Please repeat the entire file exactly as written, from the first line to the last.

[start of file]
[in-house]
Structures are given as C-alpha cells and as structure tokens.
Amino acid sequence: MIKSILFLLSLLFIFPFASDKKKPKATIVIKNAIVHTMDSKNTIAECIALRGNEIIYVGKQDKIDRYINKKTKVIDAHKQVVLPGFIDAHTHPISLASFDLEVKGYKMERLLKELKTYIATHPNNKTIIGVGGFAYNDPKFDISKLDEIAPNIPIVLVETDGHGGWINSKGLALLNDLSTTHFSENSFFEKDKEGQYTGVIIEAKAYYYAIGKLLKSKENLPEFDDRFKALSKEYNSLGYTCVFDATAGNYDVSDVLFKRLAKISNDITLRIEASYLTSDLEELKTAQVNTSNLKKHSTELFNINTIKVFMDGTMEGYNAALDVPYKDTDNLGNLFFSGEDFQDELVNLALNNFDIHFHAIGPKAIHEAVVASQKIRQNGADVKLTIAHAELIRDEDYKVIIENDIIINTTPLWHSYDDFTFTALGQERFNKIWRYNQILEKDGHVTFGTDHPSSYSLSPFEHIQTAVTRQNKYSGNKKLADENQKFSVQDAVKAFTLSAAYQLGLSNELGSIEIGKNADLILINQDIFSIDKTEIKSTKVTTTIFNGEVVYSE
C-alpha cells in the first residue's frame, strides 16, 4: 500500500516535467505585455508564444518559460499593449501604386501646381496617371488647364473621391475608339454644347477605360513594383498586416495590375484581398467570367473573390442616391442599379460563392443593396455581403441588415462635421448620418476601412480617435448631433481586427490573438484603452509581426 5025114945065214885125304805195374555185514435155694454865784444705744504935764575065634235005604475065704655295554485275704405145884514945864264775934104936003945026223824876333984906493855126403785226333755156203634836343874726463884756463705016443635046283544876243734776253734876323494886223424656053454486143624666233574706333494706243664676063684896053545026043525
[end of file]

[in-house]
Structures are given as C-alpha cells and as structure tokens.
Amino acid sequence: MIKSILFLLSLLFIFPFASDKKKPKATIVIKNAIVHTMDSKNTIAECIALRGNEIIYVGKQDKIDRYINKKTKVIDAHKQVVLPGFIDAHTHPISLASFDLEVKGYKMERLLKELKTYIATHPNNKTIIGVGGFAYNDPKFDISKLDEIAPNIPIVLVETDGHGGWINSKGLALLNDLSTTHFSENSFFEKDKEGQYTGVIIEAKAYYYAIGKLLKSKENLPEFDDRFKALSKEYNSLGYTCVFDATAGNYDVSDVLFKRLAKISNDITLRIEASYLTSDLEELKTAQVNTSNLKKHSTELFNINTIKVFMDGTMEGYNAALDVPYKDTDNLGNLFFSGEDFQDELVNLALNNFDIHFHAIGPKAIHEAVVASQKIRQNGADVKLTIAHAELIRDEDYKVIIENDIIINTTPLWHSYDDFTFTALGQERFNKIWRYNQILEKDGHVTFGTDHPSSYSLSPFEHIQTAVTRQNKYSGNKKLADENQKFSVQDAVKAFTLSAAYQLGLSNELGSIEIGKNADLILINQDIFSIDKTEIKSTKVTTTIFNGEVVYSE
C-alpha cells in the first residue's frame, strides 16, 4: 500500500516535467505585455508564444518559460499593449501604386501646381496617371488647364473621391475608339454644347477605360513594383498586416495590375484581398467570367473573390442616391442599379460563392443593396455581403441588415462635421448620418476601412480617435448631433481586427490573438484603452509581426 5025114945065214885125304805195374555185514435155694454865784444705744504935764575065634235005604475065704655295554485275704405145884514945864264775934104936003945026223824876333984906493855126403785226333755156203634836343874726463884756463705016443635046283544876243734776253734876323494886223424656053454486143624666233574706333494706243664676063684896053545026043525